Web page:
Appalachian Ohio, Athens GA, Atlanta, Berkeley, Baltimore, Boston, Chicago, Cleveland, Columbia MO, Columbus, Des Moines, Durham & Chapel Hill, East Lansing, Fredericksburgh VA, Houston, Los Angeles, Muncie IN, New York City, NYU, Philadelphia, Pittsburgh, Plattsburgh, Richmond VA, San Francisco, Tucson, Twin Cities
I was walking down the street to my car after one of my shifts at work, straight-faced, focused on getting to my car safely with pepper spray in hand. “Why don’t you smile?” I heard it and immediately turned red with rage. His buddies laughed. I kept my paced, looked over my shoulder, yelled “that was sexist bullshit!” and spent the rest of the night angry at him, the comment, and myself becaused I wished I would have confronted him and his buddies face to face.
These clever guys in my DC neighborhood use this adorable pickup gimmick when I bike home after work: they slow their car, make comments about my body, and even stop traffic to “cheer me on” as I slowly bike uphill. What would I do without their compliments and attention each day? Street harassment is the BEST. So far, three different cars have done this – one was a group of young college-age men, and the other two have been individuals. Tonight was a man who actually pulled over to wait for me after following me side-by-side for a block as I bicycled uphill, stopping traffic and making me worried I’d get followed. Luckily, people started honking and he drove away, but I was worried he’d catch me later on in my commute. I wish him a thousand flat tires.
I was walking back to work throught the skyway in downtown St. Paul. A man started walking close to me and making disgusting and perverted comments about my body. I gave him a stern look and he then became more aggressive. He said “how am I not supposed to say anything to you”. He followed me and continued to make comments. I then looked at him and said “you are being disrespectful. Leave me alone”. He continued to make comments and follow me for a short while, but then left. There were other people around and no one said anything. I then had to either get into an elevator or climb a set of stairs to get back to my office and I was afraid.
Two men told me I smelled good.
Just the normal “compliment” not meant as a compliment. Makes me feel like shit.
I passed by the hired security guards daily because their desk is directly across from the elevators at my university. One guard (who I’ve never spoken to) would make me feel uncomfortable because he would stare at me as I waited for the doors to close. I often tried to look busy so I didn’t have to make eye contact with him. I was leaving campus one day and he FOLLOWED ME through the lobby, out the door and into the parking lot. I didn’t notice until he caught up to me and stopped to ask me, “what’s your name?”… Really? A security guard was following me through the parking lot? After that, I took the stairs to 8th floor so that I didn’t have to see him. The next year I found out he was fired for harassing other female students.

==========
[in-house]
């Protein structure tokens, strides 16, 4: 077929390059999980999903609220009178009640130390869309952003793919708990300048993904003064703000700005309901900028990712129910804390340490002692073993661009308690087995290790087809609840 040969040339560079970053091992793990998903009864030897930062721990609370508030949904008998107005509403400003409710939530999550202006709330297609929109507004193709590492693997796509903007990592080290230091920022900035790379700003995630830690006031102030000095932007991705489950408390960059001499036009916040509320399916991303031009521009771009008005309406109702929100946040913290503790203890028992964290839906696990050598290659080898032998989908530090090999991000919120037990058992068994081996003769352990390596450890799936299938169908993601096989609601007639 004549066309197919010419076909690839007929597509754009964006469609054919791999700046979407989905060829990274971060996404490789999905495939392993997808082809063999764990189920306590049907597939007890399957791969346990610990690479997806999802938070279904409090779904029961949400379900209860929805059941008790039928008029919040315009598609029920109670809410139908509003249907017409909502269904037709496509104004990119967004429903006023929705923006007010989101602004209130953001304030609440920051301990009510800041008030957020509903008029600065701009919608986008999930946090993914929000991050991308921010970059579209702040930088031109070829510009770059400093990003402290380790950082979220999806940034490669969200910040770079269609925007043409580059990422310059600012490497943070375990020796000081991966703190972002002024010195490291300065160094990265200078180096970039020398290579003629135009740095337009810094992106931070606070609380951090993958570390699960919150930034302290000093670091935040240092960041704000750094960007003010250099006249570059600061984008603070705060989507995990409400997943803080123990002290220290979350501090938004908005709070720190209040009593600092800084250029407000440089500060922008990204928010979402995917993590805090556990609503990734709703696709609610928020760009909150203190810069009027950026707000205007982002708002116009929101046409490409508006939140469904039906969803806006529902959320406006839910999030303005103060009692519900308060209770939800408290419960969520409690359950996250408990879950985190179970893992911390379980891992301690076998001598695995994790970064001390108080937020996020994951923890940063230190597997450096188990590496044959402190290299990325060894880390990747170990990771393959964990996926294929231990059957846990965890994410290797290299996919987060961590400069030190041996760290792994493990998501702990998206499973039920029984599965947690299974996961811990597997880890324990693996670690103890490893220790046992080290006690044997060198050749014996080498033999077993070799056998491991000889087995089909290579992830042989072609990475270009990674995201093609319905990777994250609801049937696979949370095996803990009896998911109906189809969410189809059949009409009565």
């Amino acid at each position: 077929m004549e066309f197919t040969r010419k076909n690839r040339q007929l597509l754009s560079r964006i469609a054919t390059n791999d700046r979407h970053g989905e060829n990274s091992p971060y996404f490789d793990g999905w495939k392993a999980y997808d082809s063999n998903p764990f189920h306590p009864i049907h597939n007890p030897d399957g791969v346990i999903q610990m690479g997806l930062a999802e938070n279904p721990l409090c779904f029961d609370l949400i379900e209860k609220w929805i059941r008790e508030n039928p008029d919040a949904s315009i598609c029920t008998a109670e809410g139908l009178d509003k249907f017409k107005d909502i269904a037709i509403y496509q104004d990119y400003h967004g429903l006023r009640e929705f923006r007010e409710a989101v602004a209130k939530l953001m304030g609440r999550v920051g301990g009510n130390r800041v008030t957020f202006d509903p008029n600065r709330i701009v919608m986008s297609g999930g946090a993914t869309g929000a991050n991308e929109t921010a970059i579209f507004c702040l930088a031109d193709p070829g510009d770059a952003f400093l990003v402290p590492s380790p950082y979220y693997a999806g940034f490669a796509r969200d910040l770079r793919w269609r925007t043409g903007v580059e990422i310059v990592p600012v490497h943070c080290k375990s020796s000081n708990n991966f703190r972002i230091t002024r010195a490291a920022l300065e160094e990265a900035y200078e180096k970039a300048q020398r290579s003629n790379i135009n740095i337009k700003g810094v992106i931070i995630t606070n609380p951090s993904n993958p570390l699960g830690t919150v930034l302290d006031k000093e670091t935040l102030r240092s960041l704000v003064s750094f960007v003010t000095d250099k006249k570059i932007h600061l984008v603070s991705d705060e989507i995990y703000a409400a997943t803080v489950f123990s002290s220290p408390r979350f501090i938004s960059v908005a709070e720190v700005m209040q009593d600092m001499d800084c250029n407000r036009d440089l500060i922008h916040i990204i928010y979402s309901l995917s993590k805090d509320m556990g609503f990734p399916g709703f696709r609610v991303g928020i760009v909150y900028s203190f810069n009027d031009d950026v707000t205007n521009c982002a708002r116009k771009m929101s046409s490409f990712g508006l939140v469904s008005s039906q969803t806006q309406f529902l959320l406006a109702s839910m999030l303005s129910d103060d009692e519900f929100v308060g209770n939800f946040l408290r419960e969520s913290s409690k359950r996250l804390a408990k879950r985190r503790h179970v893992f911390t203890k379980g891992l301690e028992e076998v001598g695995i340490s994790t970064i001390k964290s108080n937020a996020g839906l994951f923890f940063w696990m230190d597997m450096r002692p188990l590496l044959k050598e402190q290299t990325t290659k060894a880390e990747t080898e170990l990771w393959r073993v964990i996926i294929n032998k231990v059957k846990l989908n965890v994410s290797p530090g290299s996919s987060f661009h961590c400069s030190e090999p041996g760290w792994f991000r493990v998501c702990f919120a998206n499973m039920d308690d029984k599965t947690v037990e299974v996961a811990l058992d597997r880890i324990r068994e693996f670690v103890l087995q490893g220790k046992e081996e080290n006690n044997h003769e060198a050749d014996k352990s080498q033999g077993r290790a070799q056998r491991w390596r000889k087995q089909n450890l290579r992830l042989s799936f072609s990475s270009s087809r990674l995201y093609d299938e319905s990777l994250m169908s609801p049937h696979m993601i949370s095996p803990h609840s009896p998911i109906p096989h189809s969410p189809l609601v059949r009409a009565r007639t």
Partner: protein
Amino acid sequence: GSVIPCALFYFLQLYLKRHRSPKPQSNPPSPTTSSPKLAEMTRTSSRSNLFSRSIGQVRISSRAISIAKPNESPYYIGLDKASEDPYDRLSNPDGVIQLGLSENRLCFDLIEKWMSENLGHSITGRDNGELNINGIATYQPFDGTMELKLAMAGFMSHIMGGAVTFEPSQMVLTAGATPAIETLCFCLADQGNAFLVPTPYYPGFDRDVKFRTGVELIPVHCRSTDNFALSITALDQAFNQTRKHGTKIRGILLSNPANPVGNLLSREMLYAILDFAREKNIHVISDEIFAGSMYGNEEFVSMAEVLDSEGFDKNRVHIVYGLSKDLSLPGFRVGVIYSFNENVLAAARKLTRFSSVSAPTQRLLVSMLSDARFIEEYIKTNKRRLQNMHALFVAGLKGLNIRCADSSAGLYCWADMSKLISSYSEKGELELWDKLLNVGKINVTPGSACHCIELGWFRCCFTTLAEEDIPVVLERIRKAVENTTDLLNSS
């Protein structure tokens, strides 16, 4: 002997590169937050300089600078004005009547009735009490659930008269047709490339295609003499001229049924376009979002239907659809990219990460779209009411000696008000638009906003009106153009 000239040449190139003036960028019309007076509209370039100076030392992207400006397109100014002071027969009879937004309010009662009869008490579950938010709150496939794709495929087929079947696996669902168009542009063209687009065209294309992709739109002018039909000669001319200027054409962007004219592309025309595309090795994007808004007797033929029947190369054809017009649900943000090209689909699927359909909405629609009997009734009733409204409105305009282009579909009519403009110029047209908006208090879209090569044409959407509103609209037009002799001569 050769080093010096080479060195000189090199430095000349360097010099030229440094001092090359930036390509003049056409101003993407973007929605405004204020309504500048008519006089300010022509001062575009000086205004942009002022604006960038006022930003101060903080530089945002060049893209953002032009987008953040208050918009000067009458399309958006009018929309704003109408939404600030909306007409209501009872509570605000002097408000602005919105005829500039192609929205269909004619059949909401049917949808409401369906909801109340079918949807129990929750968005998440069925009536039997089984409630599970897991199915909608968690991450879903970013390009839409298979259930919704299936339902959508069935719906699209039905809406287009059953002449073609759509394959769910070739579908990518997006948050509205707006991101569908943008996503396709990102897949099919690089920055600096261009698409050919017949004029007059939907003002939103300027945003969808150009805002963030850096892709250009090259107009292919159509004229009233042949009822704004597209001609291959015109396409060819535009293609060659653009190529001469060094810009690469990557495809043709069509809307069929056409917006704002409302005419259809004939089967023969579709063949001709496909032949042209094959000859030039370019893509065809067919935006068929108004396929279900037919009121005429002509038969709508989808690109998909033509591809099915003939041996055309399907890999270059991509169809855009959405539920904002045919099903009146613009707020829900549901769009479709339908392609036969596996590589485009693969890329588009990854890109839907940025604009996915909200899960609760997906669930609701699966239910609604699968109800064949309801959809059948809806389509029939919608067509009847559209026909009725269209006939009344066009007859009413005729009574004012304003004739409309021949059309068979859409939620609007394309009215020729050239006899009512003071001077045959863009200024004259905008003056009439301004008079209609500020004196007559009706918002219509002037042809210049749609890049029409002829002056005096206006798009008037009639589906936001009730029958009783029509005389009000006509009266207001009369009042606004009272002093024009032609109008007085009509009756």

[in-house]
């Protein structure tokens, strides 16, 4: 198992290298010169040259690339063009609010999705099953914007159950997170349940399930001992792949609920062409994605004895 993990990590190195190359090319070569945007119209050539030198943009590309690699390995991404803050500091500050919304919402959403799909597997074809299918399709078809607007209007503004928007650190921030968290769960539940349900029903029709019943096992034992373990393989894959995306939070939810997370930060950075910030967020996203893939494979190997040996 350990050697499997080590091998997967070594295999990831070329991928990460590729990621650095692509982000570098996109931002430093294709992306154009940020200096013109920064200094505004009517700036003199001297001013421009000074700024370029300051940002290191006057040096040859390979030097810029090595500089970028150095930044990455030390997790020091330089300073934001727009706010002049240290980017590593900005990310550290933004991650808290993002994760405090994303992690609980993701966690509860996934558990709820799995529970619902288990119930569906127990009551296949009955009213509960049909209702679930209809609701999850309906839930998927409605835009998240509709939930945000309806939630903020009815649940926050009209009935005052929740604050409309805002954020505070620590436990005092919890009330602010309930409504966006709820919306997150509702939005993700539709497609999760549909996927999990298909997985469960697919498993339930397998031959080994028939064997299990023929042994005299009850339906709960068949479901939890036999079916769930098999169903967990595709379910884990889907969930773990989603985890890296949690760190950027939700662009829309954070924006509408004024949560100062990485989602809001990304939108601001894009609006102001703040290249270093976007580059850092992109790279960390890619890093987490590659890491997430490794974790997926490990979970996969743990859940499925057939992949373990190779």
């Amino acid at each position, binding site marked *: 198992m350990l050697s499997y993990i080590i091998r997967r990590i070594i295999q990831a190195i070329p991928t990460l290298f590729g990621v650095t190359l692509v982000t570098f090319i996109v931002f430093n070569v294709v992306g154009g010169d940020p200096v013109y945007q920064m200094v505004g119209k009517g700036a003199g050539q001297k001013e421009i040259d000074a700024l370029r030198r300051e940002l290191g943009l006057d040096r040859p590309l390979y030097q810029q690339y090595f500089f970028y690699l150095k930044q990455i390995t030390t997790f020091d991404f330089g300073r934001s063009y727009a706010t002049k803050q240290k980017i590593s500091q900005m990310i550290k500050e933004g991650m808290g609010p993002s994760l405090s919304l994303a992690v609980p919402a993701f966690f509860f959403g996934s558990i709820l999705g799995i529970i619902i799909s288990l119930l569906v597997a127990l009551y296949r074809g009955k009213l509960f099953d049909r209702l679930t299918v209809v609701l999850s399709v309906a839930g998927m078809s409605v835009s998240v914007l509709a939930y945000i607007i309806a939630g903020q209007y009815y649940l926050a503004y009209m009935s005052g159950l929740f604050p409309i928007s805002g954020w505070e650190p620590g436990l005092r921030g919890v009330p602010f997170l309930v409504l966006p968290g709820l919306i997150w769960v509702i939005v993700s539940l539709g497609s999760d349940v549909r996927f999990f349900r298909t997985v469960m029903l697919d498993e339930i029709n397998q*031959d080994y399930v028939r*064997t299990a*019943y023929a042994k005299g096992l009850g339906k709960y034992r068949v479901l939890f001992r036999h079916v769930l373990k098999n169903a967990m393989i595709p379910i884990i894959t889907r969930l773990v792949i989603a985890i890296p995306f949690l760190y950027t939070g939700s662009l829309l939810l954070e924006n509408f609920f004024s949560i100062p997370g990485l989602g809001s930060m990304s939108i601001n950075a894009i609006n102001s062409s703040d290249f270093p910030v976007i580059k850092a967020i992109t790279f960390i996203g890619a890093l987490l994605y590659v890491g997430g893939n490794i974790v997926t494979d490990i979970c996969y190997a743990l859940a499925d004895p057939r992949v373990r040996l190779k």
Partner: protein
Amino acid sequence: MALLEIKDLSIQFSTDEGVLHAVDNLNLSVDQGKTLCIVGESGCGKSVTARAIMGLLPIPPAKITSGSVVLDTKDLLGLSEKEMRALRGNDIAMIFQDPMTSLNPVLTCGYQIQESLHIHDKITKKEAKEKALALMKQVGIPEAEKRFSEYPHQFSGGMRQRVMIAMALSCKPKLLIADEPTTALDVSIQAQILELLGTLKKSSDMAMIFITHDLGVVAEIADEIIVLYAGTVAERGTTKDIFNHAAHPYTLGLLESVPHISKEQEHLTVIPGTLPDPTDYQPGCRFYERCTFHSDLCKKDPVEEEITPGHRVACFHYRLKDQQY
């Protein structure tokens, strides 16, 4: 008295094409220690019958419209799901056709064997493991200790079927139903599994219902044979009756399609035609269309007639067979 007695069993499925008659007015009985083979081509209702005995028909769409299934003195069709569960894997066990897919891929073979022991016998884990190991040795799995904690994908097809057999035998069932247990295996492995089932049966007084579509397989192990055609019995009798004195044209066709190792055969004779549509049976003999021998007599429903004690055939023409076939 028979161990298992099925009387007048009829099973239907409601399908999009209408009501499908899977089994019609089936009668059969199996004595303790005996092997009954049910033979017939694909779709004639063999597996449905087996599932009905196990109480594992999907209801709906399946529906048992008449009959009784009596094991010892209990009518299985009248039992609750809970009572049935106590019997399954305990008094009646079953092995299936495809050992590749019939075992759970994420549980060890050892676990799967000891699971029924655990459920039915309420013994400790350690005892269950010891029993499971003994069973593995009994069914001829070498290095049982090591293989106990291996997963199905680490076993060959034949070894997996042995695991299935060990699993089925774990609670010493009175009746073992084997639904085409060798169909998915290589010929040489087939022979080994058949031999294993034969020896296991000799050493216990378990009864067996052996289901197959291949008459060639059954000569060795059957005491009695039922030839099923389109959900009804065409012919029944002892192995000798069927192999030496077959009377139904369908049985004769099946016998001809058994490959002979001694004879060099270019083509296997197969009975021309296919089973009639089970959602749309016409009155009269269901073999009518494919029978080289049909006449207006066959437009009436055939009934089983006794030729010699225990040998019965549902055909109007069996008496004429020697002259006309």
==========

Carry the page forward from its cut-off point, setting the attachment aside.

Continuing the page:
I’m verbally harassed in public at least twice a month. The latest I can remember was when I was in the grocery store at night, alone, passing by a man who was obviously checking me out while he was on the phone asking his wife or girlfriend which kind of frozen waffles to buy. He passed by me in a different isle as he was walking to the checkout line and said, “girl, I could eat you up like chocolate”. Who says this stuff?!?! Situations like this happen to me so many times I feel like all I can do is pretend I didn’t hear them. Even then I’m called names for not engaging in conversations with them. I shouldn’t need a boyfriend with me to not be harassed at the grocery store.
I was 15 and I was on the TTC Dufferin bus when a man sat down beside me. It wasn’t very crowded, but he still sat right next to me. The man pulled his backpack over his chest and lap. After a few minutes, I felt his hand brush my side. I mumbled “excuse me”, and shuffled a bit to the side. He shuffled closer and slowly started grabbing my side. I got up quickly and rang the request stop bell, even though I was still several stops away. He muttered a soft, “sorry” and I was too scared to say anything except “It’s okay”.
I wish I’d been brave enough to tell him it’s not okay. It’s not okay to touch a woman against her will. It’s especially not okay to touch a woman against her will when you’re 20 years older and she’s a teenager.
Dear HOLLAbackers –
I am writing you from sunny Long Beach on a layover. It’s sunny, 72, and I’m sitting outdoors. I’m pretty sure this is the best layover of my life.
We are coming up on International Anti-Street Harassment Week. This upcoming week, April 7-April 13, Hollaback! sites all over the world will be chalk walking, rallying, marching, crafting, and hosting all sorts of events. Tell what action you’re taking on twitter (@ihollaback) and we’ll retweet it to promote it!
NEWS FROM THE MOTHERSHIP:
NEWS FROM AROUND THE WORLD:
Thanks for all your support — and keep on holla’ing back!
Boston university students verbally harassed me. I am a trans girl and they were making fun if my Halloween costume calling me, “he and him.” They said I looked like Gene Simmons of KISS.